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Name: People v. Rodriguez and Barajas
Case #: S239713
Court: CA Supreme Court
District CalSup
Opinion Date: 05/17/2018

Appellant Barajas's convictions for murder and related charges must be reversed because the only evidence connecting him to the crimes was uncorroborated accomplice testimony. Rodriguez and Barajas were convicted of first degree murder and other offenses based on evidence that they were involved in a gang-related, drive-by shooting of a bystander at a park. They were 15 and 16 years old, respectively, at the time of the offense. At trial, an accomplice testified that he was in the car with both defendants when Barajas fired multiple shots and shouted their gang name before speeding off. On appeal, Barajas argued that…

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Name: People v. Almeda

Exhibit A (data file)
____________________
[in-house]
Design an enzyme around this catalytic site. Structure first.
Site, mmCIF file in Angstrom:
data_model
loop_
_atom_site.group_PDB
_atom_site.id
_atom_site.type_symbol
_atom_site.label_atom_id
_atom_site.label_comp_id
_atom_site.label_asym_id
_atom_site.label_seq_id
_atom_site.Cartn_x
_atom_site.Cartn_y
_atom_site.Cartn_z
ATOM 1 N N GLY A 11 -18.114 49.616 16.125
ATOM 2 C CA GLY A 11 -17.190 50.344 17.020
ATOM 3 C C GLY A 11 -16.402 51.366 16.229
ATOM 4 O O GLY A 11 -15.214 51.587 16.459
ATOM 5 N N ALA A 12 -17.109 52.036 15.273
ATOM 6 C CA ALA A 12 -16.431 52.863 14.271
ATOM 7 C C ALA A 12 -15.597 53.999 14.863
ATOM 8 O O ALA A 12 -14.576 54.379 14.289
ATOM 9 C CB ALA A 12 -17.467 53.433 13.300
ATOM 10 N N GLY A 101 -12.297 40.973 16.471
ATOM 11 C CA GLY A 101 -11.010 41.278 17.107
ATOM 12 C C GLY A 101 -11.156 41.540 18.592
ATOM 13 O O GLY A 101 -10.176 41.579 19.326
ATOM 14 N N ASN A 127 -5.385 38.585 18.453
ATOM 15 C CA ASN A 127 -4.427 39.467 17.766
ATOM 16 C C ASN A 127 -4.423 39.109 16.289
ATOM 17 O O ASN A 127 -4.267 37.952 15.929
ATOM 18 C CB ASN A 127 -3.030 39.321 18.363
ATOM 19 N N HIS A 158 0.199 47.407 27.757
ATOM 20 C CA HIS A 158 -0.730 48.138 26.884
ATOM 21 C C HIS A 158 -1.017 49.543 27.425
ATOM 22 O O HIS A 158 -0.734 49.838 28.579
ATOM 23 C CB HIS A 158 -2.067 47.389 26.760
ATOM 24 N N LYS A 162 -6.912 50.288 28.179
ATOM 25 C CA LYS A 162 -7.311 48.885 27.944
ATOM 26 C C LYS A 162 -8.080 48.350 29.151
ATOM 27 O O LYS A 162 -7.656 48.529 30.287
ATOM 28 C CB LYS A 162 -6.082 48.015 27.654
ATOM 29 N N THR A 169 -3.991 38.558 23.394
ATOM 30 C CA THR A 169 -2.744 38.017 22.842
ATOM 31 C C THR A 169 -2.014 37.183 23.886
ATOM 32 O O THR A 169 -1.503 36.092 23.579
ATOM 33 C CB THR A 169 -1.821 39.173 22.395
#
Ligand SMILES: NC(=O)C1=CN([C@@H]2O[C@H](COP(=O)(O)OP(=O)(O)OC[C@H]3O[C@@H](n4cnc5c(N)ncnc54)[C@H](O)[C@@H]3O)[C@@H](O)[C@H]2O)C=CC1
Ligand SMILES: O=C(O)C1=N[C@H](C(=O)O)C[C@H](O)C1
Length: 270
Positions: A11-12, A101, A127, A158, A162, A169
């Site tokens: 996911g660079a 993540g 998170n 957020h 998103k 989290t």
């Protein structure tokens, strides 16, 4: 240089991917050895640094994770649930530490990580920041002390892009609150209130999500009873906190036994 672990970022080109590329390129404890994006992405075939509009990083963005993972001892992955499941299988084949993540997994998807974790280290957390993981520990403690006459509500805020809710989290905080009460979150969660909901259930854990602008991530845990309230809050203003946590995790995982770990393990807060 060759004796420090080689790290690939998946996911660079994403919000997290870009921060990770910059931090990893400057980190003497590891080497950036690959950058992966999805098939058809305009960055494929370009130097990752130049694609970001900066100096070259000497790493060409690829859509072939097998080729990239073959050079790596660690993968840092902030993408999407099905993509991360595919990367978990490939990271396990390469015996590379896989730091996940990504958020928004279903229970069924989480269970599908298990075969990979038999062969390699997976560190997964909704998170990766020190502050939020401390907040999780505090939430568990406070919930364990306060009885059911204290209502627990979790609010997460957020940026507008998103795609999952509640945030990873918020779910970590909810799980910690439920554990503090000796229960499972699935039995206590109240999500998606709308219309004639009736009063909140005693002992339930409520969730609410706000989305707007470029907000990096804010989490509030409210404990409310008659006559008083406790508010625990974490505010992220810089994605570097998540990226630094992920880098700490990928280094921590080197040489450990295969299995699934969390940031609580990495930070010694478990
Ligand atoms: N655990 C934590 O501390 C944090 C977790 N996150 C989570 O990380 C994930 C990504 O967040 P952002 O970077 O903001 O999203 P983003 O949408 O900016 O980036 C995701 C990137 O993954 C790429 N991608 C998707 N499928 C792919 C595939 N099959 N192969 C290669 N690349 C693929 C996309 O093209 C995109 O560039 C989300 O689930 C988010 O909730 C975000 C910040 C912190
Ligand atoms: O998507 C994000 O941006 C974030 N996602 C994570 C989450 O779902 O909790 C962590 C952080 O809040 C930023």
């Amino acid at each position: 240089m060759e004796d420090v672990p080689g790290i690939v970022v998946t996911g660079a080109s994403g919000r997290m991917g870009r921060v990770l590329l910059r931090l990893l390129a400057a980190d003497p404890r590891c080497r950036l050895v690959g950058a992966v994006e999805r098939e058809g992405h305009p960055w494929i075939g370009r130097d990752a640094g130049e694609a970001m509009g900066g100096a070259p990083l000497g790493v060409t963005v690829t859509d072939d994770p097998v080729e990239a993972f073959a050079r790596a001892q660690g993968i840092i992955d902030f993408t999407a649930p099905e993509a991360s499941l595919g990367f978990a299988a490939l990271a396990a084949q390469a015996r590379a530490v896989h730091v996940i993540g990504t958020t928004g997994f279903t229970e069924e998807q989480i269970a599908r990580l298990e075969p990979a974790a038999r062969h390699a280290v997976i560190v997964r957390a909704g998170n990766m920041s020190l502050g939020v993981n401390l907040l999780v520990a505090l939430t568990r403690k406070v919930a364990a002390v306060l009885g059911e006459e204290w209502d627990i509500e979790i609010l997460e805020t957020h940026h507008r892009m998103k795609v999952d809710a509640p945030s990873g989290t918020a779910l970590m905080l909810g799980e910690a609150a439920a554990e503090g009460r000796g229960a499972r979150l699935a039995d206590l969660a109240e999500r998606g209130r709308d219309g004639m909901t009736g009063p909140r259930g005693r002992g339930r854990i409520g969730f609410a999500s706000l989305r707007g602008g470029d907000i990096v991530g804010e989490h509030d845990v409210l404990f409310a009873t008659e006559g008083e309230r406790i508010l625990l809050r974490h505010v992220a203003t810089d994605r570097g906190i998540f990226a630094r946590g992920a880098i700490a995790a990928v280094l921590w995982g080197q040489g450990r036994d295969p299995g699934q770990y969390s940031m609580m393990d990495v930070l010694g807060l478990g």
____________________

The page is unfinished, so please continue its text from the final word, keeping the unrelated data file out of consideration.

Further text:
Case #: C077141
Court: CA Court of Appeal
District 3 DCA
Opinion Date: 01/12/2017

Admission of cellmate's testimony relating defendant's incriminating statements did not violate his Sixth Amendment right to counsel because the cellmate was not acting under the government's direction. Villa and Almeda were charged with first degree murder for shooting a man parked in the car next to them at a stoplight. While in custody awaiting trial, Villa discussed details of the crime with his cellmate, Rhodes, who in turn reached out to the district attorney to offer Villa's statements in exchange for leniency for his own sentence. Rhodes, his attorney, and the prosecutor signed an agreement stating that the prosecution would…

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Name: People v. Washington